The Biden administration avoided one of the toughest early tests of its climate program on Saturday when two South Korean battery giants arguing over trade secrets reached a deal to keep a massive factory complex in Georgia open. , according to sources close to the negotiations.
The White House faced a deadline on Sunday to decide to veto a February U.S. International Trade Commission decision that barred SK Innovation from importing materials needed to build batteries from electric vehicles at a pair of $ 2.6 billion factories in Commerce, Georgia.
The case illustrates the new administration’s dueling priorities as it seeks to revive efforts to remove global warming pollution from the US economy while confronting China over intellectual property protections .
As late as Friday night, the company fell short of a deal with Seoul-based rival LG Energy Solutions that convinced the Federal Trade Court that SK Innovation had destroyed evidence of stolen trade secrets. In February, ITC imposed a 10-year import ban on SK Innovation, jeopardizing the supply of batteries for Ford’s F-150 electric pickup and Volkswagen’s Crossover series and threatening the 2,600 jobs it the company planned to fill Georgia over the next several years.
The move also risked delaying President Joe Biden’s plans to electrify the country’s 276 million somewhat bizarre cars, America’s main source of climate pollution.
The deal will also end other ongoing U.S. lawsuits between the two companies, including one in a Delaware federal court that was on hold until the ITC saga comes to an end.
SK Innovation’s plant will account for more than 35% of U.S. electric vehicle battery production capacity by the end of Biden’s first term, when the country is expected to have around 11 large block manufacturing plants. online feed.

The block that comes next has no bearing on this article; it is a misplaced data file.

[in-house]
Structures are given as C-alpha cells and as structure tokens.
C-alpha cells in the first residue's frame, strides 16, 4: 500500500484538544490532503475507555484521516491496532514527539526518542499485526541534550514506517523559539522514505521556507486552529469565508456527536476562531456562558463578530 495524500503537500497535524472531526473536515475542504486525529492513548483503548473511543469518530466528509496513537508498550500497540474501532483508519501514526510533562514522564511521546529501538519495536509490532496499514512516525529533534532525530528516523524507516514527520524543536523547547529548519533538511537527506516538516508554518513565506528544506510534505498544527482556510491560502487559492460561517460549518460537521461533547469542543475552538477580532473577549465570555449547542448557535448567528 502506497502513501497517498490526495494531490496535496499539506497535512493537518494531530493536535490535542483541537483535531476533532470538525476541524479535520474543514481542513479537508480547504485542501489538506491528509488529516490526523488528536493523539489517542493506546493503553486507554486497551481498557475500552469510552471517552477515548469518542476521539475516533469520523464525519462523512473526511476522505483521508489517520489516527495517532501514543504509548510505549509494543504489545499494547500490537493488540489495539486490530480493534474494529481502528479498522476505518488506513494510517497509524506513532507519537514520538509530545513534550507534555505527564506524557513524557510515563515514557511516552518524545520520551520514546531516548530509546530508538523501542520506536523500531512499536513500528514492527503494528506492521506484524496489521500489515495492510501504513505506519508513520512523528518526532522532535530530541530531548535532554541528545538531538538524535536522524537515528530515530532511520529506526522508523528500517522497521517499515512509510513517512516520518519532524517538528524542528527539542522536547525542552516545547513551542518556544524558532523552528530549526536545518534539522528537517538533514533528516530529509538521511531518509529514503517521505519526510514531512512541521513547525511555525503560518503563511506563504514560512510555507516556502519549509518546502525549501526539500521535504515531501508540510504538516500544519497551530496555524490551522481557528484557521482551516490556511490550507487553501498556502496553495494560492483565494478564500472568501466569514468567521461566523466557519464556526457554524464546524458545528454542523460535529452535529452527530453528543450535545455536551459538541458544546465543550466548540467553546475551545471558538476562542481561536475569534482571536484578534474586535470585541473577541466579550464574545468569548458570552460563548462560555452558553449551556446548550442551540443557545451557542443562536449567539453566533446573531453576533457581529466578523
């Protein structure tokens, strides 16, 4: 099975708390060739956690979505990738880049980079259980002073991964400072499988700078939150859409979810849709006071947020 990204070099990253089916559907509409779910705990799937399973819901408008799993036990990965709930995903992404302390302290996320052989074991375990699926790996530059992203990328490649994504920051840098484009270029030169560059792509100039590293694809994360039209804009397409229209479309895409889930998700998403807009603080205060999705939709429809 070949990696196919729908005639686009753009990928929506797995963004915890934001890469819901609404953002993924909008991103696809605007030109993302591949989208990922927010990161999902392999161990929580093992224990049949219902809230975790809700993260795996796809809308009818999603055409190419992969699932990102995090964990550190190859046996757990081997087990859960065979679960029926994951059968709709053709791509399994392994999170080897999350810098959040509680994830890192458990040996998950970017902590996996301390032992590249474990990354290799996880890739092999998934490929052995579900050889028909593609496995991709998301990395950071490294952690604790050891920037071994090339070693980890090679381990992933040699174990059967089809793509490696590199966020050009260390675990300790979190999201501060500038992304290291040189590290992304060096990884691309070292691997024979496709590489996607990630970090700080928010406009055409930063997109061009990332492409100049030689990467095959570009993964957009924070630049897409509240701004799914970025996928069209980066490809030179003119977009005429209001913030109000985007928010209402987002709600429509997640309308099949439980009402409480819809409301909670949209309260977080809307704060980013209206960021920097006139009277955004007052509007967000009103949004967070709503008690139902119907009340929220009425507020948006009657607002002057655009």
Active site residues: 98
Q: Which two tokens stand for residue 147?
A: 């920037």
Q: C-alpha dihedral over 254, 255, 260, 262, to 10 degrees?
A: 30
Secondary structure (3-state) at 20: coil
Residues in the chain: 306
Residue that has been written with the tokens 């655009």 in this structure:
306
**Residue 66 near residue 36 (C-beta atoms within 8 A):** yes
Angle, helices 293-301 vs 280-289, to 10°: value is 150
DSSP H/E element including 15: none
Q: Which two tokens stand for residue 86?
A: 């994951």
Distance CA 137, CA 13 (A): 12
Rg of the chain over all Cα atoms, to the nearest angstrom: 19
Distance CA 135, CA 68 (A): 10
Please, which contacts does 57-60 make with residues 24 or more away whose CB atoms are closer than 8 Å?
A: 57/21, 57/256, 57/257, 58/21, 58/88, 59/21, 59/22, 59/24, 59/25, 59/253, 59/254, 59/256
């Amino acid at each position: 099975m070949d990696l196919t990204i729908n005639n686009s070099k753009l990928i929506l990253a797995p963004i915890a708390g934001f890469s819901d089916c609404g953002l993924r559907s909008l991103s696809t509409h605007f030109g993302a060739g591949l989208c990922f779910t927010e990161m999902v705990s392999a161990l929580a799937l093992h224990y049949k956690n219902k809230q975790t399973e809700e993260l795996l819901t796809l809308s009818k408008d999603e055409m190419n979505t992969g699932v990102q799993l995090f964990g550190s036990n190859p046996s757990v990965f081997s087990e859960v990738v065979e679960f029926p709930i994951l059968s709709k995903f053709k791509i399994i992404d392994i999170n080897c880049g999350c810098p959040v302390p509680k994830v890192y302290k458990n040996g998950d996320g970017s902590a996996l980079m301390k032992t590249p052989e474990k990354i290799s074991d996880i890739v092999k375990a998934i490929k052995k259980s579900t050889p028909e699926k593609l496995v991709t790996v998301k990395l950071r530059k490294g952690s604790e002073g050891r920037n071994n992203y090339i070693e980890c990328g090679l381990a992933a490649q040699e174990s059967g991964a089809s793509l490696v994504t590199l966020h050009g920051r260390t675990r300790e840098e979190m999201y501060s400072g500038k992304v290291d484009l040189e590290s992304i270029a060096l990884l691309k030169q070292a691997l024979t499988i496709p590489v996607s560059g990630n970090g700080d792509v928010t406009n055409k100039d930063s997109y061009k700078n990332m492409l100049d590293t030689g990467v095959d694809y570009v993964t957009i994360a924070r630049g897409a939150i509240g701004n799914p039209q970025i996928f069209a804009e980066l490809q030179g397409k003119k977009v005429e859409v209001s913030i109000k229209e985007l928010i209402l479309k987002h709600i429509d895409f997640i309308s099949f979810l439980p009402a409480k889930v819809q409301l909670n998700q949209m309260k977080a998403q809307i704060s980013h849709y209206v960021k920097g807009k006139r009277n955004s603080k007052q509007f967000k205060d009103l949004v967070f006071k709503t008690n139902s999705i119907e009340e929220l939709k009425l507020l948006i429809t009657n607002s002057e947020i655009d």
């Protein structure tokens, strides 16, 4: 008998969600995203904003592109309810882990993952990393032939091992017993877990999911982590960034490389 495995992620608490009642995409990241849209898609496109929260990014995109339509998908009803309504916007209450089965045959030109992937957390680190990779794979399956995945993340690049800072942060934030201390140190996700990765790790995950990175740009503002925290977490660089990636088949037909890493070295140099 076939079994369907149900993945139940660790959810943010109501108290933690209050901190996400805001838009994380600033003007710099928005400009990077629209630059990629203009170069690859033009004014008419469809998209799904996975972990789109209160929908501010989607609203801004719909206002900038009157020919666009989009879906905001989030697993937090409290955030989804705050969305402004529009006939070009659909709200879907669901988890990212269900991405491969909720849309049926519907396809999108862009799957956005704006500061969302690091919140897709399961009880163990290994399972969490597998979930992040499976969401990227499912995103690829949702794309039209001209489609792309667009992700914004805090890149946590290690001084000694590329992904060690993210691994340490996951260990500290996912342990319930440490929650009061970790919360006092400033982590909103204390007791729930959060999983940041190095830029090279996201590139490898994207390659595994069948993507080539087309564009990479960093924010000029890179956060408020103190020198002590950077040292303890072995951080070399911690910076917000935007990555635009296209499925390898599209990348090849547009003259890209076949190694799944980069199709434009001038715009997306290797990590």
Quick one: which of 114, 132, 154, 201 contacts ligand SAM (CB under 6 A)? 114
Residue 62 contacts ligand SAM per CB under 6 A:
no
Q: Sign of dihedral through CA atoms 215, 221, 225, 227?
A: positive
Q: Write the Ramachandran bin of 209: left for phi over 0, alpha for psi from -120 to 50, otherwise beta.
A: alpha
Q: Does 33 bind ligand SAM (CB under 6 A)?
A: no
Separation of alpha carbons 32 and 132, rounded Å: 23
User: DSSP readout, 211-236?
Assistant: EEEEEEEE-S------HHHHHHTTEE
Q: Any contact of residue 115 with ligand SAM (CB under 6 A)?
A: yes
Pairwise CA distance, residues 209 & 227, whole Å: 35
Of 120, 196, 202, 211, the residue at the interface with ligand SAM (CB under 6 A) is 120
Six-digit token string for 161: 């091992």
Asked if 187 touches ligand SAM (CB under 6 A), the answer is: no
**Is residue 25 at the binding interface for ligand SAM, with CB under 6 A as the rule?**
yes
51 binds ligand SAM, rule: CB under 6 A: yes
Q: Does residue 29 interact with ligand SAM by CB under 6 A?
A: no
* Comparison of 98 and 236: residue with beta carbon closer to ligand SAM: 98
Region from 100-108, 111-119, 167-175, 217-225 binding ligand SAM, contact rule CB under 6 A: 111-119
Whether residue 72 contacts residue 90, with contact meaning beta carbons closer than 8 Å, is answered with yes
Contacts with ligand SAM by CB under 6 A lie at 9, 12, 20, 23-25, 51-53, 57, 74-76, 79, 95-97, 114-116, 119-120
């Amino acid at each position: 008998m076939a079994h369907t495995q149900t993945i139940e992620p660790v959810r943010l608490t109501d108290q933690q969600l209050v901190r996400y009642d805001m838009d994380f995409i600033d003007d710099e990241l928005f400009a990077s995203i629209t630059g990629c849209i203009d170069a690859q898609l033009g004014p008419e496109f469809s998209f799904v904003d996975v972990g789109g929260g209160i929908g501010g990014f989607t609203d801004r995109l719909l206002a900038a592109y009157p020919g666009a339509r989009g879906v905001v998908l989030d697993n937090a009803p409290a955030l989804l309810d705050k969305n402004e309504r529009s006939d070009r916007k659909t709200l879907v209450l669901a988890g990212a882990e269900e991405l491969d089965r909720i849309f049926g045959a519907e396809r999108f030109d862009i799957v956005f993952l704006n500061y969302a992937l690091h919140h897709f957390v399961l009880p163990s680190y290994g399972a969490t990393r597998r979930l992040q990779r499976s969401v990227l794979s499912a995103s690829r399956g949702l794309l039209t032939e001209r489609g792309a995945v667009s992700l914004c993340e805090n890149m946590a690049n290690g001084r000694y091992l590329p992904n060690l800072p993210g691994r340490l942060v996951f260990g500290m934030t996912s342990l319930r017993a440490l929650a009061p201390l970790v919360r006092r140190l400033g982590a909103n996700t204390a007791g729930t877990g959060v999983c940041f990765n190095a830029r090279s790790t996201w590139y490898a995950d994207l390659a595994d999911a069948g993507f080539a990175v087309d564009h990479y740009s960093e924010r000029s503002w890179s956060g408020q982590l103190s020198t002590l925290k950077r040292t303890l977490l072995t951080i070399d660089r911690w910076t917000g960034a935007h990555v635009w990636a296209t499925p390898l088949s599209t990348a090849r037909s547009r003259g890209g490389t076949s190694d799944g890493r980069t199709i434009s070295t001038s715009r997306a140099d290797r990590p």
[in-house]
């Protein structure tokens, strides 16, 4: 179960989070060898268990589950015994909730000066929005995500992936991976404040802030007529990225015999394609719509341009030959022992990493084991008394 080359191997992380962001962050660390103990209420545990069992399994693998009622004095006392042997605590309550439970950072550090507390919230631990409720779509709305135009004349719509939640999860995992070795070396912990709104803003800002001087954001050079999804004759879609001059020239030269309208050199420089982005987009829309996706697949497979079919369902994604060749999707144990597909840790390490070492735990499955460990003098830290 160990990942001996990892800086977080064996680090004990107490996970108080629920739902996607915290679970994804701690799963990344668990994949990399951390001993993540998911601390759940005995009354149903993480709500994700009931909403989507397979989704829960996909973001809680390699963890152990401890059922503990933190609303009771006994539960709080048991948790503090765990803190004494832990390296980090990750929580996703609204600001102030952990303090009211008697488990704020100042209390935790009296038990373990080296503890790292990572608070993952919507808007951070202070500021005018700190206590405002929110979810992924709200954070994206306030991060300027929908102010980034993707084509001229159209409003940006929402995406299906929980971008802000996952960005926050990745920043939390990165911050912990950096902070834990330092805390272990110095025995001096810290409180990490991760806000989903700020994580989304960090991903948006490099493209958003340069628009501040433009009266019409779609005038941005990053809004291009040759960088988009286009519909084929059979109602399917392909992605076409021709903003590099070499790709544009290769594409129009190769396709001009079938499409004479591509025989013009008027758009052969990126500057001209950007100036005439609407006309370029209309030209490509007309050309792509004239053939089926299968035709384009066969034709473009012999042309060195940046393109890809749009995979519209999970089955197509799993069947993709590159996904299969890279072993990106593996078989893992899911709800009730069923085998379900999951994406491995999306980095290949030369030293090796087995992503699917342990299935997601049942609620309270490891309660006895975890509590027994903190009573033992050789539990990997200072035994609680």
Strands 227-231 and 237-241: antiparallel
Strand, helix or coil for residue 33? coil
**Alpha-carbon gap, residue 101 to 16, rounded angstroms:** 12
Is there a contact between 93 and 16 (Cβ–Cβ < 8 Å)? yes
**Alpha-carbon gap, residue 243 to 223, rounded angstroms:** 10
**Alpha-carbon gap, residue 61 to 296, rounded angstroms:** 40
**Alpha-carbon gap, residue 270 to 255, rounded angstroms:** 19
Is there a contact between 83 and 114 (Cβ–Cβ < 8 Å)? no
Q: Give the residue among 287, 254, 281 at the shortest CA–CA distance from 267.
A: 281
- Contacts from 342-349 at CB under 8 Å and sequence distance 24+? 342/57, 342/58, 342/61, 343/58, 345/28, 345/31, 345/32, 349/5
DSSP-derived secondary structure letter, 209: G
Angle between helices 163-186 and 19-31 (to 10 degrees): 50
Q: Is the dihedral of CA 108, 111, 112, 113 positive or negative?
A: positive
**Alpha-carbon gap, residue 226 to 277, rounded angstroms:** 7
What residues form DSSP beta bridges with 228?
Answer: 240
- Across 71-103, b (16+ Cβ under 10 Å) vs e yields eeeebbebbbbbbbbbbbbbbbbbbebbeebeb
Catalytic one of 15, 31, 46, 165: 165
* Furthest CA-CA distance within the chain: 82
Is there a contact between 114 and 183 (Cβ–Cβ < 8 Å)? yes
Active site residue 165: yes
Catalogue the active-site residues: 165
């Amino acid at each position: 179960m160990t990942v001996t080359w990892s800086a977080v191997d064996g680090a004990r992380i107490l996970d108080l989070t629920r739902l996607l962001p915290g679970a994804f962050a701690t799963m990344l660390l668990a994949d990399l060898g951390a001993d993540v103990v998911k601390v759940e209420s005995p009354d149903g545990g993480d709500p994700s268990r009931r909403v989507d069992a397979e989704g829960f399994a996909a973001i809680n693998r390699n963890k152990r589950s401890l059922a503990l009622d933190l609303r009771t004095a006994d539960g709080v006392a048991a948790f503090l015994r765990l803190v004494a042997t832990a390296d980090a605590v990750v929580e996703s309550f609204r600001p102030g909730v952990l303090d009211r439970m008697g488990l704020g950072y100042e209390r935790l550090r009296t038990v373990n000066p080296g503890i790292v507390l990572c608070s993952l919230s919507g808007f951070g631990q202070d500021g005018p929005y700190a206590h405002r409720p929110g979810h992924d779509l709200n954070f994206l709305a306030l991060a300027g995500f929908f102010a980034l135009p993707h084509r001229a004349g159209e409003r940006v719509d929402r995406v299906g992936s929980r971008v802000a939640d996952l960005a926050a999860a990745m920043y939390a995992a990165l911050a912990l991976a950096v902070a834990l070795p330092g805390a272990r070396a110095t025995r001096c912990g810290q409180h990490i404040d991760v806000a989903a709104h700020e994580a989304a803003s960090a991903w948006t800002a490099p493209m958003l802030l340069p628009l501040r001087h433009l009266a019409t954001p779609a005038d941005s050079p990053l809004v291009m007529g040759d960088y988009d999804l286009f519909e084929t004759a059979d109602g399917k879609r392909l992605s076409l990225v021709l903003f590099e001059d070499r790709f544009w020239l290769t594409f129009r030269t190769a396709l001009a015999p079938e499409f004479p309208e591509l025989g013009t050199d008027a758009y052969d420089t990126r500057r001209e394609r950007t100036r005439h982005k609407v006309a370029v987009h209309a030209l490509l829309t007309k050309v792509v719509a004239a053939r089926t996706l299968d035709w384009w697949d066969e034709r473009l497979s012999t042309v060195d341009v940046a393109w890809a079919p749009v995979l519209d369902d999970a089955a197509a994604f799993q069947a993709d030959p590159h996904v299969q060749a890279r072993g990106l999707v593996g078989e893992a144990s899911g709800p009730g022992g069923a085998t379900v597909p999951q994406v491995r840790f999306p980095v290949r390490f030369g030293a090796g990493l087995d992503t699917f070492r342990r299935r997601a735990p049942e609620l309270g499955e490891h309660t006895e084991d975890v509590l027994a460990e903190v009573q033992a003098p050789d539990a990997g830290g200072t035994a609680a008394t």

This would likely force automakers to rely more on batteries made in China, which, in contrast, is building some 100 battery factories.
The settlement, details of which began to leak on Saturday morning, will likely help reverse the decision and allow SK Innovation to keep its factory open.
The agreement is a political victory. Executives from all partisan circles lobbied for a result that would allow the plant to remain open. Georgia Governor Brian Kemp (right) pleaded with Biden to veto the decision if a settlement was not reached. In recent weeks, Senator Jon Ossoff (D-Ga.) Has held at least one meeting to try to negotiate a deal.
But in the end, the looming deadline and high stakes of a decision that should define the future of the near-exponentially growing United States over the next decade led to an eleventh hour deal.
Losing the plant without a deal or veto would have caused a chill in the US battery market as it appears to be starting to attract more players, said Caspar Rawles, an analyst at Benchmark Mineral Intelligence, a London-based research firm specializing in in lithium-ion. electric vehicle batteries and supply chains.
“The message you’re sending to these companies by essentially shutting down a plant in the United States for legal reasons doesn’t send a good message,” he said before the deal was announced. “It’s not the most attractive investment environment for someone looking to spend multibillion dollars, and then there is a risk that something will happen and there is legal intervention and they lose. all.”
A presidential veto would have been a rare decision. The last time the power was used was in 2013, when President Barack Obama blocked an ITC decision that would have prevented Apple from importing some iPads. Ronald Reagan set the record, vetoing four ITC decisions, one of which coincidentally concerned batteries.
Calling all HuffPost superfans!
Sign up to become a Founding Member and help shape the next chapter of HuffPost